“An average US person has grown up playing games and having at least two consoles with him. Compared to an average Indian user who has been more exposed to Android kind of games which are more of a pick up and play games, but at the same time are quality and engaging games,” informs Nishith. “While Android games are still good in quality it also gives a choice to select from the wide variety of games which is quite appealing for an Indian gamer from a cost and choice factor.”
Keeping this in mind, 18th Parallel which remains a very hard core engineering company, developed a software platform ‘Cannonball’ to bring Android games on television. Today the software allows a user to play any Android game which was developed for a touch and swipe experience, with a console while sitting on a couch. The software layer can be integrated with any hardware as long as it is running on Android.
“The USP of Cannonball is that it works with any off the shelf games, hardware and game pad. We have built a product that could just fit into an existing gaming eco-system without any kind of changes as long as they are on Android.”
These three USPs of the startup have actually helped in gaining a strong foothold in a market, which was earlier tried by a few startups but failed. Ouya tried to create an Android console but failed miserably due to its portability issues with hardware and games. Nishith says, “A lot of these startups were trying to bring Android on the TV, we are not. Our goal is to bring games on the TV with just a pure plug and play experience, Android happens to be the path to fulfill the goal.”
Indian, US and European market response
Yet to be launched in India, earlier this year it partnered with MiiPC, the highly-acclaimed PC for families with Cloud-based parental control features to provide an exciting and familiar gamepad experience to enhance regular tablet Android gameplay on a large screen HDTV or monitor.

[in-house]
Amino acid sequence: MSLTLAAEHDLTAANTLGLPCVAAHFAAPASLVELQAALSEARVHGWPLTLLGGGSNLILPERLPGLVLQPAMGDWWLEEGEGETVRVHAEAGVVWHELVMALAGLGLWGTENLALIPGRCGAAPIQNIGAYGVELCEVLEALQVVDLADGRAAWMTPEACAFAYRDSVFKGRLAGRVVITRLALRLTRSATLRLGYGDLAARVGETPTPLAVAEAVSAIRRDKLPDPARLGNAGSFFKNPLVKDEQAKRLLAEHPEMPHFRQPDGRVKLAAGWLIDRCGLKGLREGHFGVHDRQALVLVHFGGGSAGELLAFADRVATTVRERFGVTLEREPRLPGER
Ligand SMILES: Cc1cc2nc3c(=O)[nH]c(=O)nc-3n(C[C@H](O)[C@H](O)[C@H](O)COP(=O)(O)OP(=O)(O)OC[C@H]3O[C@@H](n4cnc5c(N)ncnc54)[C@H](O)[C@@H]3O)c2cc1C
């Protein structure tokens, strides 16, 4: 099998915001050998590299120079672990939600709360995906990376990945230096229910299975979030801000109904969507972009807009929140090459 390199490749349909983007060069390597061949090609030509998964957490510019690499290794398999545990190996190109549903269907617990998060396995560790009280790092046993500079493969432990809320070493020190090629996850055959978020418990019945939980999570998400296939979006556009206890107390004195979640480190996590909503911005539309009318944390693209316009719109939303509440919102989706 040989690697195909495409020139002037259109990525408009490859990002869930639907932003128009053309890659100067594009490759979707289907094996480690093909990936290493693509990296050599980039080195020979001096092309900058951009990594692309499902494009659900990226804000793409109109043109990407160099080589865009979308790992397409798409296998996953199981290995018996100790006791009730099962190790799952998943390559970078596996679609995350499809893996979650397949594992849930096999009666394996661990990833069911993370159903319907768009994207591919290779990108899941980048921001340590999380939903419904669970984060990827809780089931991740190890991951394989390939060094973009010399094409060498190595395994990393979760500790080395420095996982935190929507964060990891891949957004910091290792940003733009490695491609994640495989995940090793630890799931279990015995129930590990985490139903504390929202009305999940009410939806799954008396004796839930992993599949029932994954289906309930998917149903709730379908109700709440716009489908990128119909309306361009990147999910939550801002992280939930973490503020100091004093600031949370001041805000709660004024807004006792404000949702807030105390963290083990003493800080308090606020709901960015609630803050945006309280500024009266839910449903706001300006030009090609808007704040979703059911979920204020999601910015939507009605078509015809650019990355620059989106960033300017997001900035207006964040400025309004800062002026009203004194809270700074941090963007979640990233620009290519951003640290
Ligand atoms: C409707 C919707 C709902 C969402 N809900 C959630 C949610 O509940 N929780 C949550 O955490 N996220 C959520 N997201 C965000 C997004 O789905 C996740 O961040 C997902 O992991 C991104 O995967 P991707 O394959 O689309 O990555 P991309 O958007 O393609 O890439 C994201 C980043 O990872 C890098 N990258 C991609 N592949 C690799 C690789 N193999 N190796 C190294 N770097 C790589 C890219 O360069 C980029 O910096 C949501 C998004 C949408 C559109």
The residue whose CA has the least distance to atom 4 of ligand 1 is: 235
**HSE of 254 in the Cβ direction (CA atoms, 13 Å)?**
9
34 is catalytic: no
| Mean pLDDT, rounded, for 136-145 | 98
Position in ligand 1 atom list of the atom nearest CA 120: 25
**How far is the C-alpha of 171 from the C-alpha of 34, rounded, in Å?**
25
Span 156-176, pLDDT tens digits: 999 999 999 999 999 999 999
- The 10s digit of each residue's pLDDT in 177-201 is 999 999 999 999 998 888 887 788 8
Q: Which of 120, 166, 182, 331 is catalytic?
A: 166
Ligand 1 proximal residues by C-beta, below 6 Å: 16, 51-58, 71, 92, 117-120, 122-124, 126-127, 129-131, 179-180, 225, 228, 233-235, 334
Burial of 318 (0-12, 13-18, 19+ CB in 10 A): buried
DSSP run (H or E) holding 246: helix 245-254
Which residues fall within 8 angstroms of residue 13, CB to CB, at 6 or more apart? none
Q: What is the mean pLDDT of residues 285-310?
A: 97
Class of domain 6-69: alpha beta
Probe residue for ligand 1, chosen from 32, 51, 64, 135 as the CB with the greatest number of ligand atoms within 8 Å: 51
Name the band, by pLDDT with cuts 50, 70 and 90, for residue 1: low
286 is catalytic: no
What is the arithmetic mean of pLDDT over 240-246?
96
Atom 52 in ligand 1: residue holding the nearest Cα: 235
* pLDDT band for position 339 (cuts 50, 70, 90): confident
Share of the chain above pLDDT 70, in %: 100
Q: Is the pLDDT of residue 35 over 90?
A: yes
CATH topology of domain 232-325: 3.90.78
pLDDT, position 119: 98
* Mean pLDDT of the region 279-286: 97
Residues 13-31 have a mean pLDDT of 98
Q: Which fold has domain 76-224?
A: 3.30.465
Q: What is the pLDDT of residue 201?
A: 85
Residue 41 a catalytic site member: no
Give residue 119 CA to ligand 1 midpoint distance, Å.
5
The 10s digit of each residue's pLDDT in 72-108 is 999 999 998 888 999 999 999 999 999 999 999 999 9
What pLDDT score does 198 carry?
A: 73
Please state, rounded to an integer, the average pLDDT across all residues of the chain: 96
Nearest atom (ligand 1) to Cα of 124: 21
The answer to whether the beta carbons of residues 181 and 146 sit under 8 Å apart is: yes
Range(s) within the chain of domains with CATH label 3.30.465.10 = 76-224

Sharing more on how the startup is exploring the Indian market, Nishith said that they are trying to integrate this technology into devices that will be releasing in the market within a year. They are working with a few service providers in India to integrate Cannonball into set top boxes, apart from several service providers in Europe. However, he chose not to name any of the partners citing confidential reasons.
Talking about the market response from the operators in India, he shared an incident where after looking at the demo, an Indian operator decided to move to Android set top boxes. “Our demo convinced the operators that the next-gen set top boxes should be powered by Android.”
The privately funded startup is now aggressively working in the Indian market along with the European and US markets. “While we are working with operators, we have been approached by customers to meet their set of wish list, which is in a way helping the product to shape better,” adds Nishith while sharing that his hands are too full to think of something else right now.
The USPs of 18th Parallel make it a competitive player in emerging markets like India. But at the same time it is surprising to see that the developed markets which have been largely influenced by console gaming, is also keen about the startup. The nature of the product getting embedded with the existing gaming eco-system has kept the chips high for the startup.
Before wrapping up the conversation, Nishith game me a quick tour of the development cell of 18th Parallel which looked heavenly for gaming wizards. Hard luck for me, I couldn’t get a feel of Temple Run when played with a game pad on an HD TV, since it was a Saturday.
Image courtesy: PCTunerup.com